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Sushi by any other name WEEKEND | P.16 JUNE 24, 2011 VOLUME 19, NO. 23 INSIDE: MOVIES | PAGE 20 650.964.6300 Mayfield’s 260 homes nearly a done deal By Daniel DeBolt W MICHELLE LE Volunteers from Google got to work fixing up Stevenson Elementary School on June 16. Googlers get down and dirty at Stevenson By Nick Veronin A bout 400 Googlers gathered at Stevenson Elementary School on June 16 to help clean classrooms and paint walls as part of the fourth annual GoogleServe, a worldwide community service program organized each summer by the Mountain View-based online search company. The Stevenson crew set a record this year, according to Cady Kollen, an administrative assistant at Google and the project leader for the Stevenson site. “This is the biggest GoogleServe project ever organized,” she said, surveying the work of her colleagues — many of whom wore black-and-neon-colored, “Google”-emblazoned sunglasses and black “GoogleServe” shirts as they worked paint rollers, vacuumed, scrubbed desktops and wiped windows clean. It was also the biggest year for GoogleServe on the whole, according to Katelin TodhunterGerberg, a spokeswoman for Google. Though a final headcount was not available at press time, Todhunter-Gerberg said more than 6,000 employees from 60 offices around the world participated in more than 400 projects. See GOOGLE, page 8 hile details about trees and architecture have yet to be worked out, the City Council approved a master plan for a 260-unit housing project at the site of the former Mayfield Mall Tuesday night, in what appears to be a quiet end for a once-controversial project. “Some of us have been with this project 10 years now,” said Mayor Jac Siegel at the end of an unusually quick and easy meeting, which gave developer Summit Land Partners proper zoning and parcel map for the 21-acre project at Central Expressway and San Antonio Road. The council voted unanimously to approve the project, with council members Ronit Bryant and John Inks recused because of conflicts of interest. Bryant’s husband works for Hewlett Packard, which is selling the property, and Inks owns property within 500 feet. Council member Laura Macias remarked at how few public speakers there were Tuesday night compared to the last time, when the council approved a previous iteration of the project with 450 units. Developer Toll Brothers passed on their option to buy the property and develop that plan when the recession hit. Only two people spoke with concerns about traffic, the loss of native trees and the safety of the pedestrian tunnel under Central Expressway to the San Antonio train station that the developer has agreed to build. City staff reported that 30 neighbors were pleased overall with the project at a May 11 community meeting. But while the protests have subsided, neighbors are still concerned about traffic, said Monta Loma resident Colleen Walter. She reported Tuesday that 60 percent of the neighborhood’s 1,000 households remain concerned about traffic impacts. Walter said new Mayfield residents might use the neighborhood as a cut-through to Highway 101. The council will sign off on final plans for the project in August or September after review by architects on the city’s development review committee. Though the $6 million tunnel was a leftover requirement from the previous project, Summit vice president Rhonda Neely reassured council members, “We’re going full speed ahead See MAYFIELD, page 11 Voice launches community membership campaign T he Voice has launched a campaign to secure a healthy future by asking readers to begin paying for a portion of the costs of operating the newspaper and its popular website, Through a letter to all residents and a print and online advertising campaign, the Voice aims to replace the recession-driven INSIDE decline in print advertising with membership subscriptions from people who value local journal- ism, regardless of whether viewed in print or online. “As more residents turn online to stay informed about the community, and businesses rocked by the recession suspend their advertising or turn to inexpensive marketing alternatives, the traditional business model that allowed local journalism to be primarily supported through advertising is quickly evaporating,” said Voice publisher Tom Gibboney. “These changes threaten the IMAGE COURTESY OF THE CITY OF MOUNTAIN VIEW See MEMBERSHIP, page 6 GOINGS ON 21 | MARKETPLACE 22 | REAL ESTATE 24 | VIEWPOINT 13 A future view from the corner of Central Expressway and Mayfield Avenue.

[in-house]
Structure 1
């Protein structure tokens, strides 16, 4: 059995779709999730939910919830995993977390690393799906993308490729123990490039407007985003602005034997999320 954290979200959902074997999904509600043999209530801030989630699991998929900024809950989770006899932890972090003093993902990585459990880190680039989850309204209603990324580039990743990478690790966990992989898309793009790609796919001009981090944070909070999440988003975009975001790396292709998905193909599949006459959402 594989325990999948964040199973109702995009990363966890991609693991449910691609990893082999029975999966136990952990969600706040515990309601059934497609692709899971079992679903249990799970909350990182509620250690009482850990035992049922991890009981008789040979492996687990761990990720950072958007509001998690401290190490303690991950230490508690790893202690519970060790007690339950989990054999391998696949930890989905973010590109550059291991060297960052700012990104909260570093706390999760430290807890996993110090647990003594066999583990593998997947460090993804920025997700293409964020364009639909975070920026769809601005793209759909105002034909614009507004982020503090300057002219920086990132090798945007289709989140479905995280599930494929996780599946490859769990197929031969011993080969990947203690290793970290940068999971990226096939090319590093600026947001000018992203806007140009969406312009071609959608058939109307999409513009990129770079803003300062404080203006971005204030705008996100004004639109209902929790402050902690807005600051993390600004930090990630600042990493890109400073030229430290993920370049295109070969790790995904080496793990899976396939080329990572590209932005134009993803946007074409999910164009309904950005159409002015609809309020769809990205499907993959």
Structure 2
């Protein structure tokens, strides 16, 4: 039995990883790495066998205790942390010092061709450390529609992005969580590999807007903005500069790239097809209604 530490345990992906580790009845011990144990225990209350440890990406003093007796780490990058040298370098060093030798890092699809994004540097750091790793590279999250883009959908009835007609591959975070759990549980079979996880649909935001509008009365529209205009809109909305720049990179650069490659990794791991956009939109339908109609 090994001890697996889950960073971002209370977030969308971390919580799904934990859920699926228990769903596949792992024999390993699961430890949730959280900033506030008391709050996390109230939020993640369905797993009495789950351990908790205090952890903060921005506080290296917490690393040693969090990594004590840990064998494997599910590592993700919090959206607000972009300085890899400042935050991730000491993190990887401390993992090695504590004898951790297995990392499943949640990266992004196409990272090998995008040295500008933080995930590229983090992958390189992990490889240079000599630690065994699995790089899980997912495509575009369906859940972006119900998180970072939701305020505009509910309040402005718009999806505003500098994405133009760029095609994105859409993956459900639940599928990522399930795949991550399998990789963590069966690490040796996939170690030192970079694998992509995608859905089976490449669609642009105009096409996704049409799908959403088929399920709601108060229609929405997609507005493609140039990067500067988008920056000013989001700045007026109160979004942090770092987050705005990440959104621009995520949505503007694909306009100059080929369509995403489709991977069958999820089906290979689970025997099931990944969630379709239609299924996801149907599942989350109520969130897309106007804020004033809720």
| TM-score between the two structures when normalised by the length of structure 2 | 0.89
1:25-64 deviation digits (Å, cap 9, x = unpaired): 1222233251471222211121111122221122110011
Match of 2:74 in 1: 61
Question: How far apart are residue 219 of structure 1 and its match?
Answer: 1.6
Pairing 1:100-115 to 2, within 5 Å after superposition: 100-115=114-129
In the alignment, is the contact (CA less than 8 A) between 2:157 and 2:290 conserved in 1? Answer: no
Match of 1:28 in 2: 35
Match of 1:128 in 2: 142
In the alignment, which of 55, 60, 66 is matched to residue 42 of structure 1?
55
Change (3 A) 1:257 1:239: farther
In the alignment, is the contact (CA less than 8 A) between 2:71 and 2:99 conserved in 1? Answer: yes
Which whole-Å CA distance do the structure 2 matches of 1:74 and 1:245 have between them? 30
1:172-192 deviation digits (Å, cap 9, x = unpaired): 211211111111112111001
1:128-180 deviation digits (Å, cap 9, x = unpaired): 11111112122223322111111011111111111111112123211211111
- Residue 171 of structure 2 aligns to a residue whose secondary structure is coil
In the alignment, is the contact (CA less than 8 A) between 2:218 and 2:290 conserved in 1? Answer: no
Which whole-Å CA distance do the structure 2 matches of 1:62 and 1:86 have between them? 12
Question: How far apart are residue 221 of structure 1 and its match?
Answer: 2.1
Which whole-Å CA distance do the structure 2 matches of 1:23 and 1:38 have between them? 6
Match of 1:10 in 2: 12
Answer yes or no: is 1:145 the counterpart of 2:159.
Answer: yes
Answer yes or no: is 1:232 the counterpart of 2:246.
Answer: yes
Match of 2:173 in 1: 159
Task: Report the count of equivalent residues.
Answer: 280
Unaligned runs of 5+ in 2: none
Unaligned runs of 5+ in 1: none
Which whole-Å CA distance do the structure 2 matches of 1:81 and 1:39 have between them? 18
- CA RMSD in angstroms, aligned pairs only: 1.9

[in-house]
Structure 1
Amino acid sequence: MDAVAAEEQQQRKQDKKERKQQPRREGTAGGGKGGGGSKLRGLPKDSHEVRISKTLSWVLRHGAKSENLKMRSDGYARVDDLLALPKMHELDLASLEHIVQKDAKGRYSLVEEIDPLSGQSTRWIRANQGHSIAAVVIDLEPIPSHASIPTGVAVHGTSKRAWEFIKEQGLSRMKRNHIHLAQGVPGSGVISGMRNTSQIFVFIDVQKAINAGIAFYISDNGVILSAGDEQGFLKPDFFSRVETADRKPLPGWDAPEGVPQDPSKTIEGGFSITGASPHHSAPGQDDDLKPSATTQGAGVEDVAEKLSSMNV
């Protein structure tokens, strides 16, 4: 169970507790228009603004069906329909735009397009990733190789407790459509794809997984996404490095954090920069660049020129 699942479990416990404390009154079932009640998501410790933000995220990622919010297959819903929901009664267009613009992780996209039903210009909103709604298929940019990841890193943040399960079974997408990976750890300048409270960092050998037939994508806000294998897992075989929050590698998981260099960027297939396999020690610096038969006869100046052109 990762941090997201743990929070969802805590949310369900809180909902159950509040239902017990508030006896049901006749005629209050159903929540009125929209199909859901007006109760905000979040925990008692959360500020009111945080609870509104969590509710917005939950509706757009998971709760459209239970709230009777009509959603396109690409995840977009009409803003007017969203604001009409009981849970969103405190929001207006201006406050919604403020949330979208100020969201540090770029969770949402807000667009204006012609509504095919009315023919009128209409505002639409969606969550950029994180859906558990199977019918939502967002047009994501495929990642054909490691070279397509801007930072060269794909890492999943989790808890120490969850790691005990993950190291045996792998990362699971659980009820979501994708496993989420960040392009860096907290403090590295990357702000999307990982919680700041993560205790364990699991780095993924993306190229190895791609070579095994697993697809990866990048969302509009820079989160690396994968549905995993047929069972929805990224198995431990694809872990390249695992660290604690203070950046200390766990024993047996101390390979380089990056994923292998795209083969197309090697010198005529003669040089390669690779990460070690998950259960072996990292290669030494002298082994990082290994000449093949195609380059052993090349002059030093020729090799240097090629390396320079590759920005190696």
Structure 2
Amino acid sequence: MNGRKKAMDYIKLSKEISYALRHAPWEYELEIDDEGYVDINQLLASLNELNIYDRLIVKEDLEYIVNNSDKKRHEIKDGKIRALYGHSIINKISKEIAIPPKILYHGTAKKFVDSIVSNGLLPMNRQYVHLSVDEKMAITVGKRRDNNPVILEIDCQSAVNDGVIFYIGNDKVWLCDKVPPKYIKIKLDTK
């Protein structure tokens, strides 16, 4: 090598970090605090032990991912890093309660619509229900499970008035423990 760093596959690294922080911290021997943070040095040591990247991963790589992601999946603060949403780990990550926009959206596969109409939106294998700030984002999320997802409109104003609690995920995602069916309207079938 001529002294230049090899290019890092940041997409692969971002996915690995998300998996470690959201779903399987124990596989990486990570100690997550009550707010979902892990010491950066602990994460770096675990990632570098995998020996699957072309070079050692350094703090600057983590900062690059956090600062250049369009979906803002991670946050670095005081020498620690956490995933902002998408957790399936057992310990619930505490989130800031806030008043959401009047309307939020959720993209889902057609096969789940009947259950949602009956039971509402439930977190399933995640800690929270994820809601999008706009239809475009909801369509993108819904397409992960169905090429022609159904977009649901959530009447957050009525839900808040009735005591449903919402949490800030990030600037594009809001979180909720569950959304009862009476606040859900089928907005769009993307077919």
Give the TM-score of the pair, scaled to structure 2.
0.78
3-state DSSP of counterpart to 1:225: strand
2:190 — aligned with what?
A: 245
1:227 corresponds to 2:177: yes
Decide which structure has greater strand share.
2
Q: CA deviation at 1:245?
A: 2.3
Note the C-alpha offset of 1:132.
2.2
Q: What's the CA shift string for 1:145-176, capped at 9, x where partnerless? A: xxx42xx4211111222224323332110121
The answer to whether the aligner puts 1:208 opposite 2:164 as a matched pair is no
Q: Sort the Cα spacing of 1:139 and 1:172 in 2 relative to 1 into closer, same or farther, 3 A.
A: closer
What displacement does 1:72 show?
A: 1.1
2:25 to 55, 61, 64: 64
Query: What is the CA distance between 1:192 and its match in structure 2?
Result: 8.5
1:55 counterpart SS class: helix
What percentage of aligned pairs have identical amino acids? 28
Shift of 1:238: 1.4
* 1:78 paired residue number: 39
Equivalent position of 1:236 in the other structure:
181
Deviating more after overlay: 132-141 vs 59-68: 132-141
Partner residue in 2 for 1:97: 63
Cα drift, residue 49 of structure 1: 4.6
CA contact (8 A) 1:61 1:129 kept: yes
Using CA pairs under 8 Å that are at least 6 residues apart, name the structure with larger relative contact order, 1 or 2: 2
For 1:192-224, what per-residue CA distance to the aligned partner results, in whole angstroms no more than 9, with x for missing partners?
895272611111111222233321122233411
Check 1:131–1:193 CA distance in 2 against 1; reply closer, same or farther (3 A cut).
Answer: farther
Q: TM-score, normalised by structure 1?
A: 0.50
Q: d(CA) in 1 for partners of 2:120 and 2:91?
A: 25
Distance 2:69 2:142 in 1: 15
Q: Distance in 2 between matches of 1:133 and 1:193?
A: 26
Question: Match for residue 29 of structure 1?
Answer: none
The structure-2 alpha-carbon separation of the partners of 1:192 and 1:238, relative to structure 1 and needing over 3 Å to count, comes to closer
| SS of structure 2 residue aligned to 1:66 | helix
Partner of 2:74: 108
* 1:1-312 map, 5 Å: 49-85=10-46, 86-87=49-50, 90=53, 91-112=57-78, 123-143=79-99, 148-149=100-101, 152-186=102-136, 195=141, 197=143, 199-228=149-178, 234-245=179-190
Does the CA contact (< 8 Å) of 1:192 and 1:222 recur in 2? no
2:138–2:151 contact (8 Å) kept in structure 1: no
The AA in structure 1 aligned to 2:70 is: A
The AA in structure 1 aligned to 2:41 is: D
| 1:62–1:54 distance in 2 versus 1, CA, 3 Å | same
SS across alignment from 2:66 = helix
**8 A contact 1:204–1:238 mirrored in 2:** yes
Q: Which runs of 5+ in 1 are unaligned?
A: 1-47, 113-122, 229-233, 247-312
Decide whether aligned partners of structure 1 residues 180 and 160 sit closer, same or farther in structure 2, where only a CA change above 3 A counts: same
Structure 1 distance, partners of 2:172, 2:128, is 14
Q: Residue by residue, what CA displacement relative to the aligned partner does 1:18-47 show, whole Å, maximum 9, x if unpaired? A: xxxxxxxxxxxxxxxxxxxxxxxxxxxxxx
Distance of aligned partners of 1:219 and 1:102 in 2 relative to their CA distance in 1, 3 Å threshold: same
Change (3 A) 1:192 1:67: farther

Mountain View Voice 06.24.2011 - Section 1

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